Starring: Arnold Schwarzenegger, Sam Worthington, Terrence Howard
Genre: Thriller/ Drama/ Action
When on a drugs bust in a cartel warehouse, John ‘Breacher’ Wharton (Schwarzenegger) and his elite team of DEA agents decide to very stealthily keep $10 million dollars for themselves only to find that is then subsequently stolen from them. After surviving internal investigations, Wharton and his team now find themselves being gruesomely picked off one by one by this very dangerous and brutal cartel that they stole the money from. Now, with the reluctant help of a hardnosed homicide cop (Olivia Williams), Wharton and his team must uncover and hunt down the members of this cartel, before they themselves are brutally hunted.
So Arnie’s return to the film industry is well and truly underway now, and my God he looks old! That is not necessarily a bad thing, but maybe his judgement is starting to go now too as Sabotage is in my view by far the worst of both his recent films and all time film career, as even Hercules in New York and Batman & Robin had more redeeming features than this total and utter rubbish. Arnie’s wrinkles playing a world weary veteran cop in a film by David Ayer (famed for his gritty and realistic approach) seemed like a great concept to me, hence why I was willing to part with my (admittedly very limited) resources to see this at the cinema.
Well, Ayer and co scripter Skip Woods (who wrote Die Hard 5 – sounds ominous!) have really delivered what has to be one of the year’s worst films, and certainly biggest disappointments in my book. The narrative itself is a complete mess with horrendous dialogue and even more horrendous characters that we are apparently supposed to care about, not of course helped by the various displays of atrocious acting on show from its cast. They may look the part of their stupid surnames, but (with perhaps the exception of Joe Manganiello, Josh Holloway and Arnie) they overact beyond belief. The worst offenders are Sam Worthington and Mireille Enos who overact to within an inch of their lives, chewing every piece of cliché ridden clunky dialogue and spitting it into the audience faces.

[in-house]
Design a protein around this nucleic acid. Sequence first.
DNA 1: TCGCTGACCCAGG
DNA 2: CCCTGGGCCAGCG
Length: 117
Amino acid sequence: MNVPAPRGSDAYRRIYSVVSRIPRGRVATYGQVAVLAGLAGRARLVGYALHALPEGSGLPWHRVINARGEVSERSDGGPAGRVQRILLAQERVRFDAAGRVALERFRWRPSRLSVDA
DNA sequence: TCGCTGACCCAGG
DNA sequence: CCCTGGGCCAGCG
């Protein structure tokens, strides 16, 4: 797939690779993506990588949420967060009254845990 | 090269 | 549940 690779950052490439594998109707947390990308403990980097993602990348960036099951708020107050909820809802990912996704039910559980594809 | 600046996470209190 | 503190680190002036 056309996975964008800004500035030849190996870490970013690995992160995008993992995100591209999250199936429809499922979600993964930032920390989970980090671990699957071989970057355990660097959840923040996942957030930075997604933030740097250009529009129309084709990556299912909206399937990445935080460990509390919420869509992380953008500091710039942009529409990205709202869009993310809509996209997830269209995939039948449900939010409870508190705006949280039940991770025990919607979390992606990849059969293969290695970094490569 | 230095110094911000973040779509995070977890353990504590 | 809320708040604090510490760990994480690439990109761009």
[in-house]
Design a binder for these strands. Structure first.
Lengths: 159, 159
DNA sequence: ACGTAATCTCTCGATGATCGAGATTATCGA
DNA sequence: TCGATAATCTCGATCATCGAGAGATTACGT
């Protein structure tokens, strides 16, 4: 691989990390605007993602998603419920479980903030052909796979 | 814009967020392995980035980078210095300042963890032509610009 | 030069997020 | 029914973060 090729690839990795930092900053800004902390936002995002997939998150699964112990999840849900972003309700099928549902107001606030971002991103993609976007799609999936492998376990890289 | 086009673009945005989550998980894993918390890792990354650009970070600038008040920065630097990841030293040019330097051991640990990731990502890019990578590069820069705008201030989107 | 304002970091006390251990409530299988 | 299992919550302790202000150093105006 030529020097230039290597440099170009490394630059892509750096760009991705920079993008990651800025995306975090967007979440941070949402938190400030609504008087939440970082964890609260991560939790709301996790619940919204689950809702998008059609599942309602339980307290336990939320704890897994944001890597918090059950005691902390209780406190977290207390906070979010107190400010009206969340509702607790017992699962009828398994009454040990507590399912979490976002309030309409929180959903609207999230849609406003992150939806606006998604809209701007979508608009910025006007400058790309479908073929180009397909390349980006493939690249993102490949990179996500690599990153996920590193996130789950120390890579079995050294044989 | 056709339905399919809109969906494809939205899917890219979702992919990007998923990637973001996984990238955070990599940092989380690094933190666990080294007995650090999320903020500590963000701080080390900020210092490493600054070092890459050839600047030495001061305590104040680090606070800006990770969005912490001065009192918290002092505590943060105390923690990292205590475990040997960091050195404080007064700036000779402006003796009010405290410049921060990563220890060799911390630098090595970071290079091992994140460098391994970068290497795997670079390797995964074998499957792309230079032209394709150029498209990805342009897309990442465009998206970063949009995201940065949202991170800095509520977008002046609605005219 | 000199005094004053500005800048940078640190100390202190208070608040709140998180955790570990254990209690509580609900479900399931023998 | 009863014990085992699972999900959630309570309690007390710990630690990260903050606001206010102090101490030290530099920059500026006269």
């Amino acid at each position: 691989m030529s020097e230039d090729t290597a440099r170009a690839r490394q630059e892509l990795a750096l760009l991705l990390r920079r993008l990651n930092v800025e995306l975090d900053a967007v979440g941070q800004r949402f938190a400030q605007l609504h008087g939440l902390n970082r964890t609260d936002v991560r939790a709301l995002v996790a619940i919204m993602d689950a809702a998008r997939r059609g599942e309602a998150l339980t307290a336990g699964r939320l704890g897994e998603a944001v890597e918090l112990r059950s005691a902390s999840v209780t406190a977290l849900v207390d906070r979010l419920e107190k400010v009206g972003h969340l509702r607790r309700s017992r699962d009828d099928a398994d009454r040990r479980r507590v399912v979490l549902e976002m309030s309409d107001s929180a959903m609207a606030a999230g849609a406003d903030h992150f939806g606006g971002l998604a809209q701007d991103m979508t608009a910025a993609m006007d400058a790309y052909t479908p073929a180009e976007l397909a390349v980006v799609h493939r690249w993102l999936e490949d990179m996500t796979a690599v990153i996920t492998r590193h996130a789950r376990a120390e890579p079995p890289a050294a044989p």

Maverick cops who work hard and play hard, perhaps occasionally deploying rough justice have been done to death in films and can work, but in Sabotage this all goes too far to produce characters it is genuinely impossible to like at all. The main thrust of the narrative is to figure out who in the team (if anyone) stole the stolen money, and there are attempts at apparent twists and revelations. Firstly it is very difficult to even care, and I don’t think Ayer and Woods never really thought it through either, and are just hoping that having the occasional brutal and genuinely nasty scenes of violence will make up for that.
Admittedly some of the action scenes are well put together, but with no emotional involvement in the characters there is no suspense. I personally wanted them all to die, as that is what they all deserved and that meant the film could finish and I could go home. Ayer’s attempts to deliver real violence with no CGI is always an admirable thing, and as I know many have said, there is some truly brutal blood soaked violence in Sabotage that raise questions as to how it was classified as a 15 certificate.
For an action film, Sabotage is surprisingly dialogue heavy; but with characters that are impossible to like it is a real laborious watch at times. Apparently the original cut of the film was around three hours, which is a very scary thought indeed! There is even an attempt to give Arnie’s character a tragic back story. These are however painfully clichéd and involves him attempting to act well above his range in scenes where he is getting moody and drinking by himself, but it is just impossible to care at all. Arnie is just himself in this film, and that isn’t necessarily a bad thing, but when every other aspect of the film is so bad that is nowhere near enough. In fact, the only redeeming features of the film are unintentionally funny moments involving Arnie, proving that he really should stick to fun action films like The Last Stand or Escape Plan.
Clichés are fine in isolation, in fact some of the best films of all time have an abundance of them, but it is what the film maker does with them that matters. Sabotage is happy to use them at its own convenience, but no amount of blood splattered violence, extreme overacting or clunky dialogue is going to make that forgivable.
Ayer’s career as a film maker continues to take a nose dive, and with Sabotage he seems to have Arnie as one of his unfortunate passengers. It is a horrible film with horrible characters that offers no engagement or emotional investment whatsoever, and is a real laborious effort to watch from start to finish.